State public education reform proceeding much as planned under Act 51
WHAT'S up with Act 51? It's been almost two years since enactment of the most sweeping education reform initiative the state has ever undertaken. How's it going? Here's a status report in a nutshell.
» Senate Education Committee Chairman Norman Sakamoto weighs in on the Weighted Student Formula in a "Gathering Place" column.|
» Twelve-month contracts for principals: implemented.
This provision changes principals' term of service from 10 months to 12 months. It acknowledges that schools are multimillion-dollar operations and principals, like other CEOs, need to be "on the job."
» Principal Performance Contract: in active discussion.
Challenging talks are continuing between the Department of Education and the Hawaii Government Employees Association (the principals' union) concerning a system of rewards and sanctions for principals based on job performance. Act 51 intends that principals will be held accountable for their performance and will be given the training and support they may need.
» Weighted Student Formula: partial implementation in 2006-'07 school year.
Controversy swirls around this Act 51 mandate. While roughly half of our schools will gain funding under WSF, just as many will lose. Losing schools include small and rural schools and schools under No Child Left Behind sanctions. Several bills now before the Legislature allocate additional funds to losing schools, and one states it is the "legislative intent that no school suffer a loss" under WSF.
Under the weights, additional funds will go to schools whose students are "English as a second language" learners, economically disadvantaged or transient students. A new Committee on Weights has been convened by the DOE to review the current weights and weighting formula. In addition, the Board of Education has mandated the committee to look at the unintended effects WSF might have on losing schools. Further, the BOE is seeking a vendor to revisit the formula and look at issues of equity, adequacy and transparency.
UNFORTUNATELY, principals of schools losing funding under WSF might have to make decisions that come down to the best of bad choices. Trimming staff or running out of money is not much of a choice. Do we really want elementary schools without school librarians? It doesn't seem like a good idea to me. Could two or more smaller schools share a librarian? Interesting question.
In '06-'07 a school's budget loss or gain will be limited to 10 percent.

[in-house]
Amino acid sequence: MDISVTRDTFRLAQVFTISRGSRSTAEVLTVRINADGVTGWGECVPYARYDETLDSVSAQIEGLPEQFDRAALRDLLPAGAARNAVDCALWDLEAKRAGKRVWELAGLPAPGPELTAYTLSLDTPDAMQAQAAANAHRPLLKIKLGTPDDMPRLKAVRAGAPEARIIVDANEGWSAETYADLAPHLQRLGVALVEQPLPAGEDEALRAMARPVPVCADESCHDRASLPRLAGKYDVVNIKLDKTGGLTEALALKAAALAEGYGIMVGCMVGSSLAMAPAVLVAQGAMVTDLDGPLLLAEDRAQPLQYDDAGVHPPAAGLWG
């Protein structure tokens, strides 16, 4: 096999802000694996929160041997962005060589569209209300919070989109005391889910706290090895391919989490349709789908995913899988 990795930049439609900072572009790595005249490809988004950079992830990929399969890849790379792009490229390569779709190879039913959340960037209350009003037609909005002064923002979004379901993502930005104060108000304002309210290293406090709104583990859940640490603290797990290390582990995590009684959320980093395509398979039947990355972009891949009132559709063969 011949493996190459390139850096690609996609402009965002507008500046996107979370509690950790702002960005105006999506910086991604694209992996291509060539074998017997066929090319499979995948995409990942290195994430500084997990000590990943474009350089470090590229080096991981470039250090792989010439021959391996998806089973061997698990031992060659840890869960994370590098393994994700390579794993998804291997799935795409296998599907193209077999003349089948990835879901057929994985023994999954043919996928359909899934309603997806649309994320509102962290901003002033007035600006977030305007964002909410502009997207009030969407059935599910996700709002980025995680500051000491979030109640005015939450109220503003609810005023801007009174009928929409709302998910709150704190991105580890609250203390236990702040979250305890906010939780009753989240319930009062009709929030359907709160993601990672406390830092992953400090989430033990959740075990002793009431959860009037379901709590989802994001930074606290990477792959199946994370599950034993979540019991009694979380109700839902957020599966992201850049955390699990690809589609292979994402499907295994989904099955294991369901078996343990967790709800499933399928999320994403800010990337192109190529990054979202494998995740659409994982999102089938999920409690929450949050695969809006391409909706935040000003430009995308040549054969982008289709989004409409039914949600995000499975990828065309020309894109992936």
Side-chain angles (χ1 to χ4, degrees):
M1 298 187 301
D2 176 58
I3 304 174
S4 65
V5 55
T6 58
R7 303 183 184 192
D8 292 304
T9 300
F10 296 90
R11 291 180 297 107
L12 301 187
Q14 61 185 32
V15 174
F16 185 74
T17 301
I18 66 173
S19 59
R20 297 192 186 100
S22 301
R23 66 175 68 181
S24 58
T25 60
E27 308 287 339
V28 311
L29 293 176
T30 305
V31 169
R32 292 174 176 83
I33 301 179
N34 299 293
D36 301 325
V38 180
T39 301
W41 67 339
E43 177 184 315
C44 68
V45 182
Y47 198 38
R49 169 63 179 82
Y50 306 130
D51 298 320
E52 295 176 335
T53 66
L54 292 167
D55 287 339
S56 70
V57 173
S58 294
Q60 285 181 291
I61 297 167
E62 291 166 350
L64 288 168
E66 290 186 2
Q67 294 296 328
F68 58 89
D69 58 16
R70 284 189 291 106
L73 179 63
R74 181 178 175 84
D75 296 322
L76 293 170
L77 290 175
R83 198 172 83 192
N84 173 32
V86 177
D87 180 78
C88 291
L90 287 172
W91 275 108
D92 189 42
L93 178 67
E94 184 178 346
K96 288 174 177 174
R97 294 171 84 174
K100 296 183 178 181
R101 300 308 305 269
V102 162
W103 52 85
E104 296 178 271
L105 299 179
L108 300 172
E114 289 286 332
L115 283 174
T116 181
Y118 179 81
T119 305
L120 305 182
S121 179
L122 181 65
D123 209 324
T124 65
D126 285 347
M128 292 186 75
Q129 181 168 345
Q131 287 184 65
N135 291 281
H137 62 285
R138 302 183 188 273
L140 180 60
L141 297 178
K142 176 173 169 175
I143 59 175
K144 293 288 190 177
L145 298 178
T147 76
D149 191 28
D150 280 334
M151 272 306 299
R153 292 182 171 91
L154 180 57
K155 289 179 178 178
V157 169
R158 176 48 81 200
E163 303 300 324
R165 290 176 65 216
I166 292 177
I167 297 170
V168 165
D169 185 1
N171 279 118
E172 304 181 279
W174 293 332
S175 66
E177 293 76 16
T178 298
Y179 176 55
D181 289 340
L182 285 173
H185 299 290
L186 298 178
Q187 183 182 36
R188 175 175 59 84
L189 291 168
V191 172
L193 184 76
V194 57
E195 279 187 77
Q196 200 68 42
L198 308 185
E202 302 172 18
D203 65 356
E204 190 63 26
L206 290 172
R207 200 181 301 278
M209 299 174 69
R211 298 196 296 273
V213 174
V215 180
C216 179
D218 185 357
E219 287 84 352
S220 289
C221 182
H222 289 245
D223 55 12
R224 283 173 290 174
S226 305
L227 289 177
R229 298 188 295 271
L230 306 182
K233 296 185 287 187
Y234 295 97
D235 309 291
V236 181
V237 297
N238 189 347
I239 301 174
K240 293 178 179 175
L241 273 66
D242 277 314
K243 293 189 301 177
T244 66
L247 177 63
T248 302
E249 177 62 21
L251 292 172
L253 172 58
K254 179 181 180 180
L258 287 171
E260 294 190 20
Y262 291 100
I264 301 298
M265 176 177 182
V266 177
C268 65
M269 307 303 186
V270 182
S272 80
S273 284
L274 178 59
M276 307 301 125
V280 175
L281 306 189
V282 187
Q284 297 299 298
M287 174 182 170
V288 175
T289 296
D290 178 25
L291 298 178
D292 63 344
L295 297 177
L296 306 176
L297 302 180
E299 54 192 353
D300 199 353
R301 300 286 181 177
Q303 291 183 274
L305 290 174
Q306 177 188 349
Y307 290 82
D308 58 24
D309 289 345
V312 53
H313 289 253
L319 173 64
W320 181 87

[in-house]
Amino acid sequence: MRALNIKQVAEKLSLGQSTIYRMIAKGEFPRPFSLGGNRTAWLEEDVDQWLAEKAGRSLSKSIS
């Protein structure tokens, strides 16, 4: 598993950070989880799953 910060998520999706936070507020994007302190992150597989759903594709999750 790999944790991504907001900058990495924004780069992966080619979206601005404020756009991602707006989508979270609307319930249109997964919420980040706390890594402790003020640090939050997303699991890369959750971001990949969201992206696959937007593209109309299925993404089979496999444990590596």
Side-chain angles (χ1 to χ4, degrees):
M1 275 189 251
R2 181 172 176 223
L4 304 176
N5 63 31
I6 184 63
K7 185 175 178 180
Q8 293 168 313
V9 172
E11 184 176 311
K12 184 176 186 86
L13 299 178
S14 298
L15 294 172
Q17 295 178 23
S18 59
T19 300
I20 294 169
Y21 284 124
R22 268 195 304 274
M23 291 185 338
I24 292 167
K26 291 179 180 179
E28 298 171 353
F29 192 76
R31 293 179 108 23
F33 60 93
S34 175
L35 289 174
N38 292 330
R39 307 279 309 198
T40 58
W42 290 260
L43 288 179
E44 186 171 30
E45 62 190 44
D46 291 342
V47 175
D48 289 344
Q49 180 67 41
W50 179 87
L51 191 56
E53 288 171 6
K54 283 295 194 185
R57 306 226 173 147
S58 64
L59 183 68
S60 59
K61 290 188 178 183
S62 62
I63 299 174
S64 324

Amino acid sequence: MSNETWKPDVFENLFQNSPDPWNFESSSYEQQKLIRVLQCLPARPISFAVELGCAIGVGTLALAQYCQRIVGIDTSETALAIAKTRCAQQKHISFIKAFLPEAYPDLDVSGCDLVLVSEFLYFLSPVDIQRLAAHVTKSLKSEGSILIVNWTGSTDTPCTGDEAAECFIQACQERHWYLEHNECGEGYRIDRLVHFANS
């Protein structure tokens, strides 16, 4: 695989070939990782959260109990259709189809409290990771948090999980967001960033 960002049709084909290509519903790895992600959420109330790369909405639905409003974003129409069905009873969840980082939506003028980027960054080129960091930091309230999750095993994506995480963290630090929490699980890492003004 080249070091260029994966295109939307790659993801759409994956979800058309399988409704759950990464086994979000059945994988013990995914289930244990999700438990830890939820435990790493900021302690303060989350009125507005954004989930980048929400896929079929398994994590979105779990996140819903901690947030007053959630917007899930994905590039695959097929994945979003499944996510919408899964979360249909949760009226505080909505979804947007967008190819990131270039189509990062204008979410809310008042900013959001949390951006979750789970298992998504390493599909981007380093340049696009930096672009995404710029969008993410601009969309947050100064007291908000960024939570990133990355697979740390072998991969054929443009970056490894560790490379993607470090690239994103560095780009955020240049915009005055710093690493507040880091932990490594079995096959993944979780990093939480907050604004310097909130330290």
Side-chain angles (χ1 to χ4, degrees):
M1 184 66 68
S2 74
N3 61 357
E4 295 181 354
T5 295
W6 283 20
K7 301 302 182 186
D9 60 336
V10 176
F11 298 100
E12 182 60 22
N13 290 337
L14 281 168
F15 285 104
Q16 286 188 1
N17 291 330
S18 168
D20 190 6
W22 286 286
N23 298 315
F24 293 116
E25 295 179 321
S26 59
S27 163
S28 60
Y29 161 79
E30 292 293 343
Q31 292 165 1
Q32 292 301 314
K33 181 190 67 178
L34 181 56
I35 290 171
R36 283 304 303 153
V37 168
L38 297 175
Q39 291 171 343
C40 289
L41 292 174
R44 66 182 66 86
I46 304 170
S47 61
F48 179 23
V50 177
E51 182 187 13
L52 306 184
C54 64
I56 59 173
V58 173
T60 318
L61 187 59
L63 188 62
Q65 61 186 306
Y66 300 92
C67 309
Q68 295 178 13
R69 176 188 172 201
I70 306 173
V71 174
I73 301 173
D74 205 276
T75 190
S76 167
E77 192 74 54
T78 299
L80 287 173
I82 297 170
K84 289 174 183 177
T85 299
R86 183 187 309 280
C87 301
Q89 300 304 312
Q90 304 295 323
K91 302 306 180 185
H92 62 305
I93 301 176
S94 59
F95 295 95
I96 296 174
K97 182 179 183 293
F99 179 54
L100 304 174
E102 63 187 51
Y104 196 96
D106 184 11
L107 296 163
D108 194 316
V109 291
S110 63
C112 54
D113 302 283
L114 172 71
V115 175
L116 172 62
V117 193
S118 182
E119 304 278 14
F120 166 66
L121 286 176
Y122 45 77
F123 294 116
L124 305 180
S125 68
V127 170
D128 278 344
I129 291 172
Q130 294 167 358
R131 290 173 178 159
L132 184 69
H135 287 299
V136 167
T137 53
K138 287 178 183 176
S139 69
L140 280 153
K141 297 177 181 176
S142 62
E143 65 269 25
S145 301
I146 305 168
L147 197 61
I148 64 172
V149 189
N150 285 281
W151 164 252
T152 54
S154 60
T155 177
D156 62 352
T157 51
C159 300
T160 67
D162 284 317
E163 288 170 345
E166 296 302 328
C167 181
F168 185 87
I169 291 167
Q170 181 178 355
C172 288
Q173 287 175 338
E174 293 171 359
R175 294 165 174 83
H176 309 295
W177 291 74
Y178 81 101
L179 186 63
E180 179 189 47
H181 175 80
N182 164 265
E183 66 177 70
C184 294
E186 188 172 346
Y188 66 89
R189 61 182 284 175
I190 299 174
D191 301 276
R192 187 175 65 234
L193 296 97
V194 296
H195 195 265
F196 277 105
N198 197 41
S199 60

» Unified school calendar: starts in '06-'07.
All public schools (except multitrack and charter schools) will be on a single schedule with a one-week break in the fall, three weeks over the holidays and two weeks in the spring (1-3-2 schedule). The summer break of seven weeks might make it difficult for schools, teachers and students to attempt a six-week summer school. This might have promotion and graduation consequences for students lacking credits. The important question is whether remediation, enrichment and tutoring services will be offered students when classes are not in session.
» School Community Councils: implemented.
SCCs are operating at all public schools (excluding charter schools). Council members are elected by their constituencies -- teachers, school staff, parents, students and community. As advisory groups, SCCs help principals "act locally" to benefit their students. A major task for the SCC has been a review of their schools' academic and financial plan that aligns projected resources (the gain or loss under WSF) with identified and prioritized school needs. In current practice, the role of the SCC differs from what was envisioned in Act 51. Some believe there should be a role for SCCs somewhere between advisory and co-decision-making.
» Seventy-percent control of expenditures by principals: Starts '06-'07.
Act 51 requires 70 percent of the DOE's operating budget of about $2 billion be expended by principals. This provision seeks to give schools the authority to make decisions about how to use and leverage money to best serve their students.
A total of 72 percent is what the DOE has recommended to the BOE, and this is a good start in shifting resources down to schools. Much of this will go to salaries. In addition, 24 percent must be spent in specified ways, limiting principals' discretionary control.
However, the important question is not whether 70 percent or 80 percent or 90 percent is the desired number, but whether and to what extent principals will be able to think outside the box (and be allowed to do so) to find new ways to improve student achievement.
» Delinking: substantially implemented.
This Act 51 provision gives the DOE authority over services currently being provided to schools by other state agencies and holds it accountable for results. The transfer of repair and maintenance and design and construction of schools from the Department of Accounting and General Services to the DOE has been accomplished.
NOW THAT R&M is housed in one state agency rather than two, the important question is whether repairs are being accomplished faster and more efficiently. Plainly speaking, will toilets flush and ceilings stay in place at our schools? The new streamlined and responsive DOE service center seems to be getting the job done.
The DOE has invested time, energy and hard work in implementing these Act 51 provisions. Kudos to Superintendent Pat Hamamoto, the Board of Education, Governor Lingle and the Legislature. Imagine what could be accomplished if these important leaders put differences aside, respected each others' views and came together to reform a beleaguered education system.
Ruth Tschumy is a consultant to the Hawaii Educational Policy Center, a nonpartisan research organization.